5 a third line of cases takes a compromise position post-petition assessments are dischargeable unless the debtor resided in or leased the unit. In In re Rosenfeld, 23 F.3d 833, 837 (4th Cir. 1994), the Fourth Circuit found that postpetition assessments were not discharged because the debtor had not transferred title to the property, either by a deed in lieu of foreclosure or otherwise. The Court specifically found that the debtor s consent to an order lifting the automatic stay did not end his ownership interest: We find that River Place's right to payment for the assessments at issue did not arise until post-petition, and we affirm the district court's holdings that Rosenfeld's liability for the post-petition assessments was not discharged and that River Place did not violate the permanent stay by suing to collect the post-petition assessments. In In re Rivera, 256 B.R. 828 (Bankr. M.D. Fla. 2000), Judge Briskman looked at the three different lines of case authority on the dischargeability of postpetition assessments to community associations. The Court pointed out that in 1994, Congress attempted to resolve this split of authority by enacting 523(a)(16), which set out exceptions to discharge of certain assessments. 1 It is interesting that the 1994 statute did not make a direct reference to homeowners' associations. Nevertheless, some courts suggested that the legislative history implied coverage for homeowners' 1 Prior to being amended in 2005, Section 523(a)(16) provided: A discharge under section 727, 1141, 1228(a), 1228(b), or 1328(b) of this title does not discharge an individual debtor from any debt... for a fee or assessment that becomes due and payable after the order for relief to a membership association with respect to the debtor's interest in a dwelling unit that has condominium ownership or in a share of a cooperative housing corporation, but only if such fee or assessment is payable for a period during which... the debtor physically occupied a dwelling unit in the condominium or cooperative project; or... the debtor rented the dwelling unit to a tenant and received payments from the tenant for such period, but nothing in this paragraph shall except from discharge the debt of a debtor for a membership association fee or assessment for a period arising before entry of the order for relief in a pending or subsequent bankruptcy case...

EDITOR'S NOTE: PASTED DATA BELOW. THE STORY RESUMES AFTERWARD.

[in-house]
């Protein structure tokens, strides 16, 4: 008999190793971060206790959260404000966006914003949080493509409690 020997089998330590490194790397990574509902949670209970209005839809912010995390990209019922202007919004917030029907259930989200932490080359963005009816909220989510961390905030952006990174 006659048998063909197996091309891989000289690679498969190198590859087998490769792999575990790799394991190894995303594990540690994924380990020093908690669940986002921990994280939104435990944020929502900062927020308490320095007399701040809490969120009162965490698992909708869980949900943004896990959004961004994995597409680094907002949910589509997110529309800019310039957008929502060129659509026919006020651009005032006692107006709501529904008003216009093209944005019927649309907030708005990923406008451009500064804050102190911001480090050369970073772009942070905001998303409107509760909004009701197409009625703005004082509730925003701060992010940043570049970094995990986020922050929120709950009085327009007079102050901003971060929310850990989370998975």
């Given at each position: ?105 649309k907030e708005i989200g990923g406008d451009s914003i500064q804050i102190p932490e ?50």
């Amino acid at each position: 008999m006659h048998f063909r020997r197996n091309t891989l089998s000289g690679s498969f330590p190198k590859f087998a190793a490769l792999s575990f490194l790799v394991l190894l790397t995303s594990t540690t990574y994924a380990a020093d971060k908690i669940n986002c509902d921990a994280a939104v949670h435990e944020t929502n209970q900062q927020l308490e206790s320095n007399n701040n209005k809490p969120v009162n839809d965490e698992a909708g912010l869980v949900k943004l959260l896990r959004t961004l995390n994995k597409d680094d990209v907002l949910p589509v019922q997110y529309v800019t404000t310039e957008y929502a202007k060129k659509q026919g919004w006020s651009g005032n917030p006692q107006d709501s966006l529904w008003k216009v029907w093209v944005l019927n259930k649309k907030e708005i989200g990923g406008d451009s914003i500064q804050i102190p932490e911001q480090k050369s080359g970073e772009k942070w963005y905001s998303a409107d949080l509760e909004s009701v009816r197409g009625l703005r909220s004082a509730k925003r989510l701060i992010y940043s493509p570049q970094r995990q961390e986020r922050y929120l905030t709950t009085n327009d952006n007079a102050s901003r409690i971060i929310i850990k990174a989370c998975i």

6 associations. 2 Judge Briskman in In re Rivera did not reach this issue at all, and found it unnecessary to treat the obligation to pay post-petition homeowners' association assessments as an exception to discharge under 523(a)(16), since the scope of the discharge pursuant to 524(a) and 727(b) does not extend to this obligation. Judge Briskman held: the obligation to pay postpetition assessments to homeowners' associations pursuant to a recorded declaration of covenants survives a Chapter 7 discharge, even without a reaffirmation agreement, unless the debtor timely relinquishes possession and ownership of the property subject to the obligation. A Chapter 7 debtor desiring relief of the personal obligation to pay assessments accruing postpetition to homeowners' associations, should follow the procedures for filing and carrying out the statement of intent to surrender the property within the time limits contemplated by Bankruptcy Code Section 521(2). The debtor should then cooperate with the Chapter 7 trustee, the homeowners' association or other creditors secured by the property to be surrendered, as appropriate, such that the debtor relinquishes possession and ownership of the property within a reasonable time. The debtor may be held responsible for postpetition assessments, subject to further determination of the Bankruptcy Court, if the debtor deliberately engages in unreasonable delay. A party in interest may address the particular problem with the Bankruptcy Court as necessary or appropriate, if the facts of a particular case create uncertainty whether the debtor remains responsible for postpetition assessments. The debtor's obligation to pay assessments ceases accruing no later than the debtor relinquishing ownership and possession of the property. Based on the foregoing, Association does not need to obtain a reaffirmation agreement from Debtor to preserve the Association's rights under the Governing Documents to collect postpetition assessments as a personal and in rem obligation from the Debtor. (emphasis added) 2 In In re Stone, 243 B.R. 40 (Bankr. W.D. Wis. 1999), the Chapter 7 debtor sought to recover sanctions for condominium association's alleged violation of automatic stay. The association sought to collect condominium maintenance fees which accrued post-petition. The Court found that the automatic stay was in effect; nevertheless, the Court did not impose sanctions for creditor's alleged violation of stay in attempting to collect debt given widespread disagreement among courts as to whether the debt was in nature of post-petition debt or a dischargeable pre-petition debt that simply matured post-petition.